UT won’t be affected by electrical blackouts

Nick Hadjigeorge

The Electric Reliability Council of Texas issued a 10-year outlook report last week stating that Texas could face rolling blackouts starting in the summer of 2012 because of reduced energy generation and increased demand.

The report cites potentially extreme summer temperatures and power plant construction problems as factors that require rolling blackouts to maintain the reliability of the electrical grid. ERCOT spokeswoman Dottie Roark said rolling blackouts use controlled power outages to balance the energy supply. Electrical companies cut off energy to different areas in the electrical grid for 15 to 40 minutes until the supply is balanced, Roark said.

Roark said the amount of energy held on reserve should equal 13.75 percent of the total energy generated in order to handle power outages and scheduled maintenance. Given the amount of energy that is currently produced and the expected demand, ERCOT predicts the percentage of energy reserves to drop to 12 percent during the summer of 2012.

“The report is a signal to the market about future energy demands,” Roark said. “It gives them incentives to make new energy plants to meet that demand.”

Roark said ERCOT is attempting to handle the generation shortage by increasing the number of customers paid to shut off their energy use during emergency situations.

Roark said ERCOT is responsible for balancing the supply and demand of energy in Texas in order to make sure the grid’s equipment is always running at the appropriate level. If the demand for energy increases and the energy supply is not enough to handle the demand, the grid equipment can be damaged and cause an uncontrolled blackout.

Juan Ontiveros, UT’s executive director of Utilities and Energy Management, said whether or not the rolling blackouts occur depends on what the energy market does, but the shortages will not affect the UT campus.

“On the main campus, we self-generate all of the energy, including electricity, for the majority of the campus, which includes all of the research facilities,” Ontiveros said. “However, we do rely on the ERCOT grid as a backup in the event we were to experience an unexpected failure of generation.”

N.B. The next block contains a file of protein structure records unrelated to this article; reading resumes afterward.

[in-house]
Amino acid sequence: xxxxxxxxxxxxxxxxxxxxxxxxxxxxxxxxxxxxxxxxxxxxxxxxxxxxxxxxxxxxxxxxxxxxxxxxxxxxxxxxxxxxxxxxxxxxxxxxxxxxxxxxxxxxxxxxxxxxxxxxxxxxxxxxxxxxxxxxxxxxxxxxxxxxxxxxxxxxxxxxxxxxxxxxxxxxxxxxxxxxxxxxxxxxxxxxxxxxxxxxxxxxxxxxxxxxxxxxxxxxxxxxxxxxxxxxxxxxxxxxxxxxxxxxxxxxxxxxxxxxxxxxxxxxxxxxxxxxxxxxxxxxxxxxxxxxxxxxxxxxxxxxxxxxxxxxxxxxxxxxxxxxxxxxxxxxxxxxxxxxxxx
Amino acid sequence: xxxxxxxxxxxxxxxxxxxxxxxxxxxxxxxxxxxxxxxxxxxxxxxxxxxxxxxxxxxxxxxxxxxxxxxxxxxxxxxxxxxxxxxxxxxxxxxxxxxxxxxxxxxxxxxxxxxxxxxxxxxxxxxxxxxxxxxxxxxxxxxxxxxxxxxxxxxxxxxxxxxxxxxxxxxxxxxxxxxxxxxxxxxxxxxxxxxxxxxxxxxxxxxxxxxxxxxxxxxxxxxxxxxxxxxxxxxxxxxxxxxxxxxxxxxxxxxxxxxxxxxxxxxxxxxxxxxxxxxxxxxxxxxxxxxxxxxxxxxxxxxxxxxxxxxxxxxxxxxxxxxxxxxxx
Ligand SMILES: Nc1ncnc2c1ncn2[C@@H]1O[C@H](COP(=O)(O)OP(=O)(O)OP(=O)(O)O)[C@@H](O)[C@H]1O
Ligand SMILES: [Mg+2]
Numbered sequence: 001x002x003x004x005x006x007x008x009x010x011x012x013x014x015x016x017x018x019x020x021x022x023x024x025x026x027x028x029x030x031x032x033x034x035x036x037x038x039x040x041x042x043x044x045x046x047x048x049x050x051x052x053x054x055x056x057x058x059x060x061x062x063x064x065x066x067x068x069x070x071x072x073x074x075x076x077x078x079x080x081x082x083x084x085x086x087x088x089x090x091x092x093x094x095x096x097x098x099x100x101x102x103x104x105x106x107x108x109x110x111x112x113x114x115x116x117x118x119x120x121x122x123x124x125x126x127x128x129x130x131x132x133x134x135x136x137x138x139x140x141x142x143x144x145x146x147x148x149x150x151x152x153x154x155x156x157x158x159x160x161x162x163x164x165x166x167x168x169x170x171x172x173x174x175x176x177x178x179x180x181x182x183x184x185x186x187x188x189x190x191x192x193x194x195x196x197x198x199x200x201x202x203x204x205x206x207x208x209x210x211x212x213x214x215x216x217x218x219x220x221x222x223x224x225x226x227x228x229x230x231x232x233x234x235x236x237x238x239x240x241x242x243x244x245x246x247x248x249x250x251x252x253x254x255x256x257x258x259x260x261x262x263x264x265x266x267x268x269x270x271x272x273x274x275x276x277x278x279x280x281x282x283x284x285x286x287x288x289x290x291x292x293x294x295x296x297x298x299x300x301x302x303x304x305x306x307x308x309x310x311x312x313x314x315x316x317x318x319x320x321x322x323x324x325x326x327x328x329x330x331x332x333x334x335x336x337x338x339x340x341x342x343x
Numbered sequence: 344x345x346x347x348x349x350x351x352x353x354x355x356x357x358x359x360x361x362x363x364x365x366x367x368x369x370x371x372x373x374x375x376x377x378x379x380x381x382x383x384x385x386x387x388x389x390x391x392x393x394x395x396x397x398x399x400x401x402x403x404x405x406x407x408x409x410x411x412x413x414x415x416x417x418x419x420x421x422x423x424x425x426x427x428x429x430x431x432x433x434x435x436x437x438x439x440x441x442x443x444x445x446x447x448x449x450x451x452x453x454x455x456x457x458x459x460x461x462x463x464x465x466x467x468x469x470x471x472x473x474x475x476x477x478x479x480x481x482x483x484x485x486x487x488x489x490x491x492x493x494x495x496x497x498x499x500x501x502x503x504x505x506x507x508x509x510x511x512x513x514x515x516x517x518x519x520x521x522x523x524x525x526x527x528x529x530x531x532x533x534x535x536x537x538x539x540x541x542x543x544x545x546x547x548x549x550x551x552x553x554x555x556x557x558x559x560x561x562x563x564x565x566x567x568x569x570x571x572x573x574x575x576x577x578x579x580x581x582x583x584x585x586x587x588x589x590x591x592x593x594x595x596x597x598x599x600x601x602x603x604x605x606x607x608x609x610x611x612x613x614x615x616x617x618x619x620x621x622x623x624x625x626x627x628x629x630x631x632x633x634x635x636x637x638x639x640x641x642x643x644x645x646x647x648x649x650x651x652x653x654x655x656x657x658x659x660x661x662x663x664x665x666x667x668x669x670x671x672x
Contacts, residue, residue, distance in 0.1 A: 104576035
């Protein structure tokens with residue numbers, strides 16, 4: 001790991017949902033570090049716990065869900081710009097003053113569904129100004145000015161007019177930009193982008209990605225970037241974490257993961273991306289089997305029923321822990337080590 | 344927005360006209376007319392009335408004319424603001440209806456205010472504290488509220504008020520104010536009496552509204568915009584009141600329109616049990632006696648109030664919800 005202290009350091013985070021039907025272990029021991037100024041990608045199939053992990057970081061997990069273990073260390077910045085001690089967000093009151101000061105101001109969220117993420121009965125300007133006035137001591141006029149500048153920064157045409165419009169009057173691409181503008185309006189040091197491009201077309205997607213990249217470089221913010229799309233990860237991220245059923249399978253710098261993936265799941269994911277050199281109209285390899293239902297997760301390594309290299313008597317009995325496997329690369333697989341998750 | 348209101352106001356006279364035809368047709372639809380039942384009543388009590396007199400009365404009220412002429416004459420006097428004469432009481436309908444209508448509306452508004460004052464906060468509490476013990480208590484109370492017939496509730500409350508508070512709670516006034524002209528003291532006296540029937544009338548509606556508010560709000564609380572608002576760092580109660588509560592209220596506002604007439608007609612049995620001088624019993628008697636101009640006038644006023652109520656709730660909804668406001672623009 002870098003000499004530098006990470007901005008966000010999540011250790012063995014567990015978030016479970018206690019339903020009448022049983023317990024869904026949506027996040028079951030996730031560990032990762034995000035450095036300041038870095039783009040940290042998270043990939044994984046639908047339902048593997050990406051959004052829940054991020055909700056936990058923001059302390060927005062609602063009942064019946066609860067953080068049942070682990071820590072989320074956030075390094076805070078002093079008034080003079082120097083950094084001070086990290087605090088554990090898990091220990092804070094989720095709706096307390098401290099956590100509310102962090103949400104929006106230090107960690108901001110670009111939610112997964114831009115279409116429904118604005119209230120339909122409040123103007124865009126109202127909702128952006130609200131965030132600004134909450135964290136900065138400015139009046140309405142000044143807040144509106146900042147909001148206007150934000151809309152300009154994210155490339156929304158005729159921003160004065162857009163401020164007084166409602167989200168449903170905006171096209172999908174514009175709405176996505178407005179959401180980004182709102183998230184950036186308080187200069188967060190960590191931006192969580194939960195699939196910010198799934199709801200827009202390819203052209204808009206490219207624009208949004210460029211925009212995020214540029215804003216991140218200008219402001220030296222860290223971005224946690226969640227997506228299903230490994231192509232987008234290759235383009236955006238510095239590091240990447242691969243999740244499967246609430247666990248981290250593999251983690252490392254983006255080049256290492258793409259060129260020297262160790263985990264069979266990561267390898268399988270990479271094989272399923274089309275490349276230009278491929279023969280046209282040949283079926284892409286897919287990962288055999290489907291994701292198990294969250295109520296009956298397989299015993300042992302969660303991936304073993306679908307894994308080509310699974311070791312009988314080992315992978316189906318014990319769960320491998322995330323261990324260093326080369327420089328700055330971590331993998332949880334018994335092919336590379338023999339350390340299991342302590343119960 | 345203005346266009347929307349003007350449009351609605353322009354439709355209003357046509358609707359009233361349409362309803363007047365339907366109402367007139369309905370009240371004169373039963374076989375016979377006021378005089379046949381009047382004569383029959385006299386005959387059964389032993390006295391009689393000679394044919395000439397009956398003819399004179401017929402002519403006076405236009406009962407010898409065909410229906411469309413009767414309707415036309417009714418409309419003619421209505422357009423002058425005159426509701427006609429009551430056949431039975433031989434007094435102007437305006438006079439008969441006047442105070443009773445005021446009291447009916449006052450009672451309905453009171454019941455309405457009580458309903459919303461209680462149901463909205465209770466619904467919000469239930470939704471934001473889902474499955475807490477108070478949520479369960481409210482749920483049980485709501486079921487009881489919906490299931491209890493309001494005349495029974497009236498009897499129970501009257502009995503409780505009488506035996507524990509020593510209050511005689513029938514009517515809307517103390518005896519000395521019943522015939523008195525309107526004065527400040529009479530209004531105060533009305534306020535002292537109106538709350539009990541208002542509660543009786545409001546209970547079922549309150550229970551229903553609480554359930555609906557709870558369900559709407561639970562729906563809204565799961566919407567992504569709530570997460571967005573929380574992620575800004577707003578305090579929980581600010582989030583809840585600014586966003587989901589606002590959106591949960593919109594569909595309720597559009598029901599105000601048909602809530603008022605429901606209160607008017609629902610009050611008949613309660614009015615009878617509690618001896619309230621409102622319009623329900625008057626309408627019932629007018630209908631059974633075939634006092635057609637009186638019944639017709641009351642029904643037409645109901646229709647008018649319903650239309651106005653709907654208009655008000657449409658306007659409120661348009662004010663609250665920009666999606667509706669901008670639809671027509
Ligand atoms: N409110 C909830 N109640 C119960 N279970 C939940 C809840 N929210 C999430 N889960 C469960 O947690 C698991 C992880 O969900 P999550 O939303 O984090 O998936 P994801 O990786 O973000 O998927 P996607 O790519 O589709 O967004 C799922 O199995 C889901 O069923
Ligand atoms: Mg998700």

Ontiveros said there is little chance for UT’s energy generation facilities to face problems, and the University is committed to meeting the energy needs of the campus.

“The main campus has experienced a reliability of 99.999 percent over the last 35 years,” Ontiveros said. “Over the last 10 years, we have made significant investments in the campus utility systems so that current and future campus energy needs are met reliably and cost-effectively.”

Austin Energy spokesperson Carlos Cordova said all energy companies in Texas have to participate in the rolling blackout even if they have enough energy to meet their demands.

“The voltage has to balance out. Otherwise, it creates even worse outages,” Cordova said. “Rolling blackouts are necessary to prevent a total blackout.”

Cordova said Austin Energy has increased the number of circuits in their system over the past year and will be able to spread outages more evenly throughout the city in the event of a rolling blackout.

Cordova said it is important for people to conserve energy to prevent potential shortages during the winter and summer seasons when energy use reaches its peak.

“Everyone will have to continue to conserve until more generation is brought online,” Cordova said. “Especially if temperatures are as high as last summer and the drought continues.”

Printed on Tuesday, December 6, 2011 as: UT not to be affected electrical blackouts